Sep 2 2011

Money, power and sex: where do we stand today?

Almost two centuries have passed since the struggle for equal pay started but the immediate future still doesn’t look too bright. Women will take almost another century to achieve equal pay, according to research by the CMI while the EHRC has estimated that 5,400 women are missing from top jobs in Britain. And to top that – the situation has actually been worsening over the last few years. So what can be done – take your pick from flirting and arm wrestling.

(c) Flickr user Chris Olson

In 1832, women who worked in Robert Owen’s ‘labour exchange’ in Grays Inn in London voiced, for the very first time, the demand for equal pay. Coupled with the women’s suffrage movement, the demand went from strength to strength and the first equal pay resolution was moved at the Trades Union Congress by Clementina Black in 1888.

Fast forward to almost two centuries later to 2011 – the Chartered Management Institute (CMI) has calculated that it will take another 98 years for women to achieve equal pay while the Equality and Human Rights Commission (EHRC) has estimated that almost 5,400 women are missing from top positions in Britain. Both the researches, published only recently, paint a bleak picture of gender equality in the UK.

Women seem to be doing well until their mid-twenties, levelling with and even slightly rising above men in terms of pay. Female junior executives on an avaerage earn £21,969 per year while their male counterparts average £21,367 per year. But an overall average shows that female executives’ salaries are more than £10,000 less than male executives’ salaries.

This slump in women’s salaries seems to start setting in in their late 20s. Women and men who start out their career together end up being on different rungs of the ladder as their work lives progress, both in terms of pay and positions of influence. With almost 5,400 women missing from top positions in Britain, there is an obvious concern around the diversity of representation in various job sectors.

Here is a snapshot of the data in the Sex and Power 2011 report published by the EHRC -

In politics women represent:

  • 22.2 per cent of MPs (up from 19.3 per cent in 2008)
  • 17.4 per cent of Cabinet members (down from 26.1 per cent in 2008)
  • 21.9 per cent of members of the House of Lords (up from 19.7 per cent in 2008)
  • 13.2 per cent of Local authority council leaders (down from 14.3 per cent in 2008)

In business women represent:

  • 12.5 per cent of directors of FTSE 100 companies (up from 11 per cent in 2008)
  • 7.8 per cent of directors in FTSE 250 companies (up from 7.2 per cent in 2008)

In media and culture, women represent:

  • 9.5 per cent of national newspaper editors (down from 13.6 per cent in 2008)
  • 6.7 per cent of chief executives of media companies in the FTSE 350 and the director general of the BBC (down from 10.5 per cent in 2008)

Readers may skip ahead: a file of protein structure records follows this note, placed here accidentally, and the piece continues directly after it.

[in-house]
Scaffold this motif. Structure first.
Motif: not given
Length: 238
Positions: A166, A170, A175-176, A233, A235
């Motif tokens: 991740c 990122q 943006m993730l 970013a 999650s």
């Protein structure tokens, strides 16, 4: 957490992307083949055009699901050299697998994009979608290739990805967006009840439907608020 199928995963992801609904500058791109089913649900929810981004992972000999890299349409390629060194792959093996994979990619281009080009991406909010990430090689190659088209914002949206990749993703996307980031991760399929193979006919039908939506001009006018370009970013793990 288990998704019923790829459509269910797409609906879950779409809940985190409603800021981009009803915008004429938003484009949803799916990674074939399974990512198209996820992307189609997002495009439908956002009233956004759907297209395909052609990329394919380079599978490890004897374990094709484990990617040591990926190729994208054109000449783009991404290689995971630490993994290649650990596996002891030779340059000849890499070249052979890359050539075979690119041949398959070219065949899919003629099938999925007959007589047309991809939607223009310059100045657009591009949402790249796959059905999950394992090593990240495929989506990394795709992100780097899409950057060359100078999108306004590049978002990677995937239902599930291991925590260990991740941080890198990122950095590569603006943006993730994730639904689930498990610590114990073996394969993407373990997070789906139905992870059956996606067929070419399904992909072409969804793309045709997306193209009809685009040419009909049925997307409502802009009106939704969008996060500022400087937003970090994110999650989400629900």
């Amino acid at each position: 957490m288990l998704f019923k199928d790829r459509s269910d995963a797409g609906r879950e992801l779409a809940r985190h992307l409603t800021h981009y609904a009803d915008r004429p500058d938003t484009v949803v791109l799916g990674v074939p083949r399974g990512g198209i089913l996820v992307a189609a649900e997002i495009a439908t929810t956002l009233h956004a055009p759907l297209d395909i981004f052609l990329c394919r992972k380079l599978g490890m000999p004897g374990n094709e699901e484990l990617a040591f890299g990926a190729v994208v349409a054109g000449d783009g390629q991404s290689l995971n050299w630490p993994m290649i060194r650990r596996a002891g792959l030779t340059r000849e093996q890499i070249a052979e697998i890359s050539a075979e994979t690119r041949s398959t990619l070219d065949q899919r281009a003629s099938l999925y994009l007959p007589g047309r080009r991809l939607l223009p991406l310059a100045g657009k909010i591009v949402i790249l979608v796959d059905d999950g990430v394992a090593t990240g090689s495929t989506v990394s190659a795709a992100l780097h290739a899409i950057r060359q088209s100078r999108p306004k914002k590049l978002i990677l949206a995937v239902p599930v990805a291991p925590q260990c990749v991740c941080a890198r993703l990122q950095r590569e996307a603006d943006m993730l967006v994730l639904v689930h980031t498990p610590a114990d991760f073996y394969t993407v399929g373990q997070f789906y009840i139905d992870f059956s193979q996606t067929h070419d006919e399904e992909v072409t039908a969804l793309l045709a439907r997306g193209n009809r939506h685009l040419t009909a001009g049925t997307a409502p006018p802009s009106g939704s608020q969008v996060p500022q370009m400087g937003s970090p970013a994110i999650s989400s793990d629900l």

• 26.1 per cent of directors of major museums and art galleries (up from 17.4 per cent in 2008)

In the public and voluntary sector, women represent:

  • 12.9 per cent of senior members of the judiciary (up from 9.6 per cent in 2008)
  • 22.8 per cent of local authority chief executives (up from 19.5 per cent in 2008)
  • 35.5 per cent of head teachers of secondary schools (down from 36.3 per cent in 2008)
  • 14.3 per cent of university vice chancellors (down from 14.4 per cent in 2008)

So, why do women start disappearing from boardrooms and into low paid positions after their mid-20s? The EHRC report calls this the ‘marzipan layer’ where women get trapped and suggests that outdated working patterns, inflexible organisations and unequal division of domestic responsibilities are to blame.

Their research revealed that nearly half of female managing directors of London’s top investment banks were childless. Men who care or want to care for their children also face a similar situation – it’s mostly a battle between scoring brownie points by working long hours and spending time with family and children. Part-time work, which is heavily women occupied, also remains undervalued.

The situation doesn’t seem to be getting any better. The pay gap between men and women has risen from £10,031 to £10,546. And as the statistics cited above show, in some areas (including politics and media), there has actually been a decline in women’s represenation in the last three years.

The situation has been worsening in spite of a clear business case for improving diversity in the workforce. According to estimates by the Women and Work Commission, unlocking women’s talent in the workplace could be worth more than £15 billion.

The question arises – how do we close the gender pay gap and ensure that women are represented in influential positions? We have flirting and arm wrestling on offer – take your pick.

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One Response to Money, power and sex: where do we stand today?

  1. Pingback: The week that was… | Equality and Diversity at LSE

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